Joyce Carol Oates’s multitudinous collections are repeatedly subtitled “tales of suspense” or “stories of mystery”. You tend to know what you’re getting with an Oatesian short – a disquieting snapshot of American life on the verge of individual or ideological collapse – and these nine additions to her oeuvre don’t disappoint.
The first, Detour, is a classic of its type. A diversion forces a woman down a forest road, she wrecks her car and, looking for help, ends up a befuddled prisoner in an isolated house. The set-up is cliched to the point of being arch, but Oates brilliantly toys with our understanding of a confused mental state.
At least there’s some relief at the end of that horror. In Wanting, the rising panic the reader and protagonist feel as she agrees to go to a stranger’s macabre studio is gripping. There’s a similar exploration of the excitement inherent in a reckless act in Intimacy, where a creative writing professor is thrilled and intimidated by a supposed war veteran’s threatening demeanour. The reckoning here is left entirely to our imagination – another typically superb Oates trope.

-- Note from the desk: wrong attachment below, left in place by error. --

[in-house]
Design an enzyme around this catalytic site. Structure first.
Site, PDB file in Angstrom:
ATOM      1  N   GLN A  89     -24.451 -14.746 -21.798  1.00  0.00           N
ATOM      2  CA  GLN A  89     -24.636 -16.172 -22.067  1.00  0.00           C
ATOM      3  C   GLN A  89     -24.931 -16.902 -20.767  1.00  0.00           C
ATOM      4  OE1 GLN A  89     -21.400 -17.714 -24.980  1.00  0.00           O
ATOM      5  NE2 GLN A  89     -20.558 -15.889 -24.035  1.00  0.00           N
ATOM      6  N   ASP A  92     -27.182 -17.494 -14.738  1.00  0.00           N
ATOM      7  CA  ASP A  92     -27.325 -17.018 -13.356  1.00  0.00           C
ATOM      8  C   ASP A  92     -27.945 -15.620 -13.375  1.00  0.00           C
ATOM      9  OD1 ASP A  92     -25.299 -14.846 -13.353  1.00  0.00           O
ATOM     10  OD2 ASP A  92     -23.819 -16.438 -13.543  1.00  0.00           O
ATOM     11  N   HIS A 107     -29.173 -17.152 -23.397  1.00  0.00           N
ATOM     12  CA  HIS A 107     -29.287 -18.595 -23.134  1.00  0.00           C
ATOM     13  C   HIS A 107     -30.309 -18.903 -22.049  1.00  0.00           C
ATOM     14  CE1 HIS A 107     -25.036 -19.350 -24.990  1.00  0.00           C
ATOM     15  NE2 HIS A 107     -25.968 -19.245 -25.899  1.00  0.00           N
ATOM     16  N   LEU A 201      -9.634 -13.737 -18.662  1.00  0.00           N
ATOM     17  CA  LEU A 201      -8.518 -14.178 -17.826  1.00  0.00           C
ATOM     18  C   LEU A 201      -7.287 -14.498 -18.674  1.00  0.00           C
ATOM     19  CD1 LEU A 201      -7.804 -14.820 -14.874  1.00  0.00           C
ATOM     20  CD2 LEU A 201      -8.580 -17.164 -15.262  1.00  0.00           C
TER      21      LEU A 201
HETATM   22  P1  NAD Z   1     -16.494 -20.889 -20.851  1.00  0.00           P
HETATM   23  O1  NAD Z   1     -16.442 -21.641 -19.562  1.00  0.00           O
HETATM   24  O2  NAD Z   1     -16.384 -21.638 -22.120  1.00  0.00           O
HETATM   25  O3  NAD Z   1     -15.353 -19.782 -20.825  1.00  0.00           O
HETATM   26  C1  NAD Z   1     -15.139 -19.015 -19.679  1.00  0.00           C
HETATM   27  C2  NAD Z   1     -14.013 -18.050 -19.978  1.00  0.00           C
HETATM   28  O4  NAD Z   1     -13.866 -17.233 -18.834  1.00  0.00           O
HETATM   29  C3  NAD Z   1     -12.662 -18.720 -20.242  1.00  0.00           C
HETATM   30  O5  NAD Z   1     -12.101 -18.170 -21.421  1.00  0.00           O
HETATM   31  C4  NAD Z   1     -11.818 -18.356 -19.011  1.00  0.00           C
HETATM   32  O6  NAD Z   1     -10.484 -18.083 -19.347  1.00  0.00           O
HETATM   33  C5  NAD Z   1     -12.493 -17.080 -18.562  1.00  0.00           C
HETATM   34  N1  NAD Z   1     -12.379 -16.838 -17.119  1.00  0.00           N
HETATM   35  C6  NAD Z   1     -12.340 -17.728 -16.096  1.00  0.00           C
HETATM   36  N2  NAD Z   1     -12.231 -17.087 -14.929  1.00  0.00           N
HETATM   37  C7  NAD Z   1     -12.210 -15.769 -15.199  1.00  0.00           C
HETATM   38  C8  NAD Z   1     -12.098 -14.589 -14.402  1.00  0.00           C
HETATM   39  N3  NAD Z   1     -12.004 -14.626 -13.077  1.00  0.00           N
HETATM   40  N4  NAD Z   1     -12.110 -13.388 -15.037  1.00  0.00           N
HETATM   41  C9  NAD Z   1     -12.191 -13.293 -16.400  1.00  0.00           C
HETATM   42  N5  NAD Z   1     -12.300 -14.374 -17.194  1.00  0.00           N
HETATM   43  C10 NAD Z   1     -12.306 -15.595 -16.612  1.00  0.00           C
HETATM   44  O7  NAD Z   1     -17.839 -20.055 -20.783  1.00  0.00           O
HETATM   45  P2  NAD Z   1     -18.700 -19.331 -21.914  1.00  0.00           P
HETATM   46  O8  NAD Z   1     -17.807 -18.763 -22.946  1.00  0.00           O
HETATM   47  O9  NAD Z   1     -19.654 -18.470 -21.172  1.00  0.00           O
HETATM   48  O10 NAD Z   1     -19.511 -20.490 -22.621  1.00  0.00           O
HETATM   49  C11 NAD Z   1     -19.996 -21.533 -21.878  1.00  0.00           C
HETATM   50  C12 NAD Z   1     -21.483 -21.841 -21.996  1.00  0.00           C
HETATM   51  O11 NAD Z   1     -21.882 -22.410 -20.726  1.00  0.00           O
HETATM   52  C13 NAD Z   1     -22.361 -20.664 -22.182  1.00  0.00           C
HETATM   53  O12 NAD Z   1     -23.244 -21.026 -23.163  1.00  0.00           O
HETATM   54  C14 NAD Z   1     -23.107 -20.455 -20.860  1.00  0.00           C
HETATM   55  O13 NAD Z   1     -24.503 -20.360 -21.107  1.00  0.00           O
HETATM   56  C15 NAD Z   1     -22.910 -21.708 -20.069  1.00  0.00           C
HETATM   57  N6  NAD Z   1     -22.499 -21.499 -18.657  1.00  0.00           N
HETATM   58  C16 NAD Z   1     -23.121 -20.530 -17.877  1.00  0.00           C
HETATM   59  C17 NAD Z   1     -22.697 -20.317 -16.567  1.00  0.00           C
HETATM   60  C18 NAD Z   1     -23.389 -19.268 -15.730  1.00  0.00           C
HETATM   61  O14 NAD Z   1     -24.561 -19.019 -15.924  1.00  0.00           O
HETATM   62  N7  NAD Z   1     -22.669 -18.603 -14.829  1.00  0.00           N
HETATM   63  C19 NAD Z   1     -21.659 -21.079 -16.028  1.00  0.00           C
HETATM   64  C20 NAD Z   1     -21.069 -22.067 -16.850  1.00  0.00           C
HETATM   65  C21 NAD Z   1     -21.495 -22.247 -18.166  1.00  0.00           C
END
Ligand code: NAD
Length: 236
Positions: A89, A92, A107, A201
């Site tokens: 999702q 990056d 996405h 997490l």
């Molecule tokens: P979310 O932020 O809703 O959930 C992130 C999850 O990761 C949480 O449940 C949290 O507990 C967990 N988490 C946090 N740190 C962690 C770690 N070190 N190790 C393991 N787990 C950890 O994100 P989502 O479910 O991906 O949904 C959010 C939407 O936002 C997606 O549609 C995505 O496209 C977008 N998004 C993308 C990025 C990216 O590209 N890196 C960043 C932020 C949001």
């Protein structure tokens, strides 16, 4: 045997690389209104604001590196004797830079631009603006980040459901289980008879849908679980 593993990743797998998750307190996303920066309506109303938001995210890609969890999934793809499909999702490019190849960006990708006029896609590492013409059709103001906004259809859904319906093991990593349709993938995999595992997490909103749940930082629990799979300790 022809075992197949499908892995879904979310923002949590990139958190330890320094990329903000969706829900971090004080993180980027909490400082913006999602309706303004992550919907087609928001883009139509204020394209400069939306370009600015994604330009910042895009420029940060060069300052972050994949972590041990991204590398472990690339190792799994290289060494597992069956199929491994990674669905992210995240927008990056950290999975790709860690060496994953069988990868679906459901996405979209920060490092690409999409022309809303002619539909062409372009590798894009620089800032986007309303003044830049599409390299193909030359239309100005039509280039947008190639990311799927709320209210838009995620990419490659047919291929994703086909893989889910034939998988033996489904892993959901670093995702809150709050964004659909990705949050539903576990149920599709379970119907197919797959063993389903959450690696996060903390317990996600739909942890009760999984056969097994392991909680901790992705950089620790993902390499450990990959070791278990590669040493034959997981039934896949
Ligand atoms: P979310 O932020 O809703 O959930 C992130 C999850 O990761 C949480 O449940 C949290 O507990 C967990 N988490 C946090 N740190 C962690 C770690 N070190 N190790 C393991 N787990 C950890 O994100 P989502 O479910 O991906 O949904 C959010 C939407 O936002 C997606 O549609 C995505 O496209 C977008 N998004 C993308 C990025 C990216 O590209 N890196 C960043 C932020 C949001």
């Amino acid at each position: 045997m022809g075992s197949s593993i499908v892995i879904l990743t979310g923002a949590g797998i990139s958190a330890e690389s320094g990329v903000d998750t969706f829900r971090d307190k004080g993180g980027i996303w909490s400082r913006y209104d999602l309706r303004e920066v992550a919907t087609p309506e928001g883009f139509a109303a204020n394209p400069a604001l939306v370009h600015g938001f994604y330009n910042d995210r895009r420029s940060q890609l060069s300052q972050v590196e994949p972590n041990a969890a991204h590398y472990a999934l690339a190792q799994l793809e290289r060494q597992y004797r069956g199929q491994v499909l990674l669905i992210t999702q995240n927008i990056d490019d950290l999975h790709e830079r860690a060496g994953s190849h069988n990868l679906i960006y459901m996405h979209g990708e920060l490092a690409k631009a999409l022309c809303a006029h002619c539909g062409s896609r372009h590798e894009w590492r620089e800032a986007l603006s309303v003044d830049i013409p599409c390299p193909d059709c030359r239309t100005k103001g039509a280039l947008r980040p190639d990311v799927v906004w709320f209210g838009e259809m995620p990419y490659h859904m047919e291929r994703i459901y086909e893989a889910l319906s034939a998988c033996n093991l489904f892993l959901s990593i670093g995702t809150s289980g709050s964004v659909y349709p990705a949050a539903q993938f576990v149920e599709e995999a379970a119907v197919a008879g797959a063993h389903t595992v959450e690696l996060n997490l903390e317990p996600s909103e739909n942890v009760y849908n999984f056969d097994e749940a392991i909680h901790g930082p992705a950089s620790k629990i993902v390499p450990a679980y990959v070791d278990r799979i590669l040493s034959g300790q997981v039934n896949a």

Throughout, she stylishly conveys the sweep of a life; the consequences of experiences, however tiny. The smaller experiments with form are interesting too. In Parole Hearing, California Institution for Women, Chino, CA, she inhabits a fictional disciple of Charles Manson, every sentence beginning “Because”. Miss Golden Dreams 1949, meanwhile, is mischievously written from the perspective of a cloned Marilyn Monroe doll.
The collection ends with the title story, in which a woman who has fought off unbearable abuse is pregnant and happy. When her sliding doors moment arrives, a hopeful or heartbreaking future is left open to interpretation. It’s Oates’s work in microcosm; nuanced rather than neat.